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What’s Cultured Marble?
Cultured marble is – as you may have already guessed – much like everything else “cultured” in that it is somehow manufactured rather than cut straight from the Earth like its natural (naturally uncultured?) cousin.
But, why do they call it <em>cultured</em>? Does it have active ingredients, like yogurt? Does it involve organic processes like some kind of pearl? And how do they “culture” rocks, anyway?
<strong>Cultured Marble Composition</strong>
Cultured marble is <em>not</em> grown, of course, but mixed using a blend of polyester or acrylic resin, stone dust (that may or may not be marble) and a binding agent. The point of cultured marble is that it <em>looks</em> like marble, not that it is made of marble.
And, it does look like marble. In fact, the manufacturing process allows for a wide range of colors and patterns, although people often choose cultured marble (aka “solid surface”) that looks like the real thing.
<strong>Cultured Marble Advantages </strong>
<em>Affordable</em> – It’s far more reasonably priced than real marble. Real marble is heavy, hard to quarry and rare when compared to the manufactured alternative. Marble is only found in certain locations around the world, whereas solid surface can be manufactured anywhere.
<em>Durable</em> – Cultured marble is actually more durable than real marble because it is nonporous and is sealed with a tough gel coat that makes it much harder to burn, scratch or chip.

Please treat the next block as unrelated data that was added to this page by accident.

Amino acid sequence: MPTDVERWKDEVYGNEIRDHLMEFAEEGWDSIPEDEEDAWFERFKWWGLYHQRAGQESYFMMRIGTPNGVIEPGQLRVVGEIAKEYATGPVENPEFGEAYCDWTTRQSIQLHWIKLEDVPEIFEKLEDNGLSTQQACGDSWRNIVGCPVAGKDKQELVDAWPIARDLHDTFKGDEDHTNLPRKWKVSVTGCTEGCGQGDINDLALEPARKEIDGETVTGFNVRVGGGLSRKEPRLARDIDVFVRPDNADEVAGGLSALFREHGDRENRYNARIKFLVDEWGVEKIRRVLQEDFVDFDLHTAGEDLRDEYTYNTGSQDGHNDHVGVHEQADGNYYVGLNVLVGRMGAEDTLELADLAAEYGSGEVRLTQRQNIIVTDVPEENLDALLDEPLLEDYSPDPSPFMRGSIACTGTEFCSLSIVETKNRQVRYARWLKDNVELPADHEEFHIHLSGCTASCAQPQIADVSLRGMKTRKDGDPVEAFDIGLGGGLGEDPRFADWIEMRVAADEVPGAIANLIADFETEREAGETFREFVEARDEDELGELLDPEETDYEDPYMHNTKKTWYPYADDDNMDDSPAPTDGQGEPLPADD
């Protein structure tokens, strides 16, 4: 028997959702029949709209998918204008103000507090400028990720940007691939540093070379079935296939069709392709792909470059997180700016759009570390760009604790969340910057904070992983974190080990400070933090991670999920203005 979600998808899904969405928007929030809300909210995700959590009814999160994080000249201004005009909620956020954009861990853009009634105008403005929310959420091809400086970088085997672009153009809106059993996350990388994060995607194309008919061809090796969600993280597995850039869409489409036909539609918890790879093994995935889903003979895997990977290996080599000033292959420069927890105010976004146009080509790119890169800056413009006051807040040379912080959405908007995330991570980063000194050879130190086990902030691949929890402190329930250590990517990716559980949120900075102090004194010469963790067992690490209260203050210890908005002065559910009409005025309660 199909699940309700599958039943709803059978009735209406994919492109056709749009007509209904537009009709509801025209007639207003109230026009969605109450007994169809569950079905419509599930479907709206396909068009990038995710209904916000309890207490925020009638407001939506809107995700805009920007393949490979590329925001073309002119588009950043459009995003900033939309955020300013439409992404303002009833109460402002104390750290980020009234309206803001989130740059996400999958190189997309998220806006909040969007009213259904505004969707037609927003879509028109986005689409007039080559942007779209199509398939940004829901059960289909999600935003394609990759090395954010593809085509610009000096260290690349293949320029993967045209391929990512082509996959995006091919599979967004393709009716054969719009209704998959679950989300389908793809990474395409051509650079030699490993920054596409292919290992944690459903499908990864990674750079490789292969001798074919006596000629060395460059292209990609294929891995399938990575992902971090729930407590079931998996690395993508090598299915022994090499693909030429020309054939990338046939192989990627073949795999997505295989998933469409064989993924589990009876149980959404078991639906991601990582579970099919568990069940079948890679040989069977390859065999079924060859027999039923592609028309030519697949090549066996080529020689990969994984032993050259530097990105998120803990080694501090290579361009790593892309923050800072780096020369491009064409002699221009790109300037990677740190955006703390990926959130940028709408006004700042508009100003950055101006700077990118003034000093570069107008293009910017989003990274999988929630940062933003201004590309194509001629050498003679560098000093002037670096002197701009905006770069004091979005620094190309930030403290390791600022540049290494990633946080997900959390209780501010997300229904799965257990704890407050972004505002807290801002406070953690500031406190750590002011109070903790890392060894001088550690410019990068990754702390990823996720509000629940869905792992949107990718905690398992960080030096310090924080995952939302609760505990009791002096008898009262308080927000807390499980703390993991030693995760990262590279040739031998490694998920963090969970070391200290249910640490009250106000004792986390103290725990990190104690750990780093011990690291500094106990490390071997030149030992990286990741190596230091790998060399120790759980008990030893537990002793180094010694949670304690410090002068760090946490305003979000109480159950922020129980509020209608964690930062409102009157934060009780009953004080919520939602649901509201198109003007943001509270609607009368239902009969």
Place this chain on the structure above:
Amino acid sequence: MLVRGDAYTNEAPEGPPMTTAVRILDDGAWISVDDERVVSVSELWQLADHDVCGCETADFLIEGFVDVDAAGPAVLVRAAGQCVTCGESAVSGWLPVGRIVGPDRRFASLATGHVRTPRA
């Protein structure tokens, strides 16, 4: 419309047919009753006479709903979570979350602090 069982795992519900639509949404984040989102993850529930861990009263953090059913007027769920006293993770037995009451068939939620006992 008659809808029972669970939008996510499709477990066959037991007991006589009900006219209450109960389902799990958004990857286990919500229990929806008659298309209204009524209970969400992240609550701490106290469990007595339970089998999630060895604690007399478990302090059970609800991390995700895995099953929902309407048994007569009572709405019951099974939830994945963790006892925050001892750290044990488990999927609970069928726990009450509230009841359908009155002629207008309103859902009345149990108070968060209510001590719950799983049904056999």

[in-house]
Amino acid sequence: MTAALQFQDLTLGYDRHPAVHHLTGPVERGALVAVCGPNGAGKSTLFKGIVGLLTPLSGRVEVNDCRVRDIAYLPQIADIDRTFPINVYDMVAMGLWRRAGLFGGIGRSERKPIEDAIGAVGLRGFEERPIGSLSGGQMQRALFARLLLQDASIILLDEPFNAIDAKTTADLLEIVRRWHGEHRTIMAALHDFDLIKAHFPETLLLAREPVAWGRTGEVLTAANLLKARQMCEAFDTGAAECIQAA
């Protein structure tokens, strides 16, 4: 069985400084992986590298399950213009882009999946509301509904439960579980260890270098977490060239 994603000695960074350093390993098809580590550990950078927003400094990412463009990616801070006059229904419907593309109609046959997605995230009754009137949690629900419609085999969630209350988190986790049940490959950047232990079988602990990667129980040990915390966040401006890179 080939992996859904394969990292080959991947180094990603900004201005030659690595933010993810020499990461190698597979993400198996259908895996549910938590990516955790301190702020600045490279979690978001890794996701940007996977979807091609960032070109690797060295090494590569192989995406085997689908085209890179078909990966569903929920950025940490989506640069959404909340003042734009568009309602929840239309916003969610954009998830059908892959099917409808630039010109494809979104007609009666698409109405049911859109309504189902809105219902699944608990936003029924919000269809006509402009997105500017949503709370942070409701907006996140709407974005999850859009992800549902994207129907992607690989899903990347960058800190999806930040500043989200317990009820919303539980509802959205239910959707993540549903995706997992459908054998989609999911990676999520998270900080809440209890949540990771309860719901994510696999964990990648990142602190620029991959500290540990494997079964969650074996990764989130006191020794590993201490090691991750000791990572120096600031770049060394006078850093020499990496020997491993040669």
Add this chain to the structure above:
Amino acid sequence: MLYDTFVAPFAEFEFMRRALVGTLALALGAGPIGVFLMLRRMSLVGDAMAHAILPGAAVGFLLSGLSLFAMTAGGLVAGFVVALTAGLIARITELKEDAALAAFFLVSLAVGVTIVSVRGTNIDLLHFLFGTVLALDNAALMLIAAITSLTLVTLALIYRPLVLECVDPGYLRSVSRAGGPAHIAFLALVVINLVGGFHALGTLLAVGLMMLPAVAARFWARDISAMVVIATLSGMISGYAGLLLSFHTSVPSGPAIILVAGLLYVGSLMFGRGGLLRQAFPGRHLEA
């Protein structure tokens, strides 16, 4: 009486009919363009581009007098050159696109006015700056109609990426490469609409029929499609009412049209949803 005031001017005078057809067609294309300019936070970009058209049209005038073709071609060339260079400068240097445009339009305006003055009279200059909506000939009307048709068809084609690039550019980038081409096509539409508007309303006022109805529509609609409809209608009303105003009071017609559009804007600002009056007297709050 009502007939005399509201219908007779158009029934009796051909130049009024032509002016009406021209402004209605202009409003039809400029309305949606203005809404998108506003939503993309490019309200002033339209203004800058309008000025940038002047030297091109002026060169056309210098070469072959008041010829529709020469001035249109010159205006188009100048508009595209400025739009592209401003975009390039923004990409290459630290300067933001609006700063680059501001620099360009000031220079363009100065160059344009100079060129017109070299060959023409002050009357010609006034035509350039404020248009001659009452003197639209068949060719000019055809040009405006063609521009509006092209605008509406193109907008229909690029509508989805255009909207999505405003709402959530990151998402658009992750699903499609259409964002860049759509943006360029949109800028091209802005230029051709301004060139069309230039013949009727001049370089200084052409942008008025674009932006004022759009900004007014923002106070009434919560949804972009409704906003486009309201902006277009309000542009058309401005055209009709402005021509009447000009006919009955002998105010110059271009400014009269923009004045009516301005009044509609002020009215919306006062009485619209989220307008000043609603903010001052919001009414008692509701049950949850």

<em>Variable</em> – As previously mentioned, cultured marble will provide more options for less money. True marble will often cost more if you’re not willing to take what is on offer, whereas you can have cultured marble manufactured to suit very specific needs.
<em>Malleable</em> – Cultured marble is very tough, but even so it’s “soft” in the sense that it isn’t as quick to scratch or chip as real marble due to its gel coat. The downside is that the rare chip may need professional attention, but scratches can be buffed out with relative ease.
<strong>Cultured Marble Disadvantages</strong>
It’s not marble. That’s really the long and short of it. Marble does have a certain look and feel, but it’s approximated well by solid-surface materials and can be difficult to spot if natural colors and patterns are used.
<a title="ATG Stores Home Page" href="http://www.atgstores.com/default.aspx" target="_blank">ATGStores.com</a> hopes this info helps you make more informed choices about cultured marble and other solid-surface products.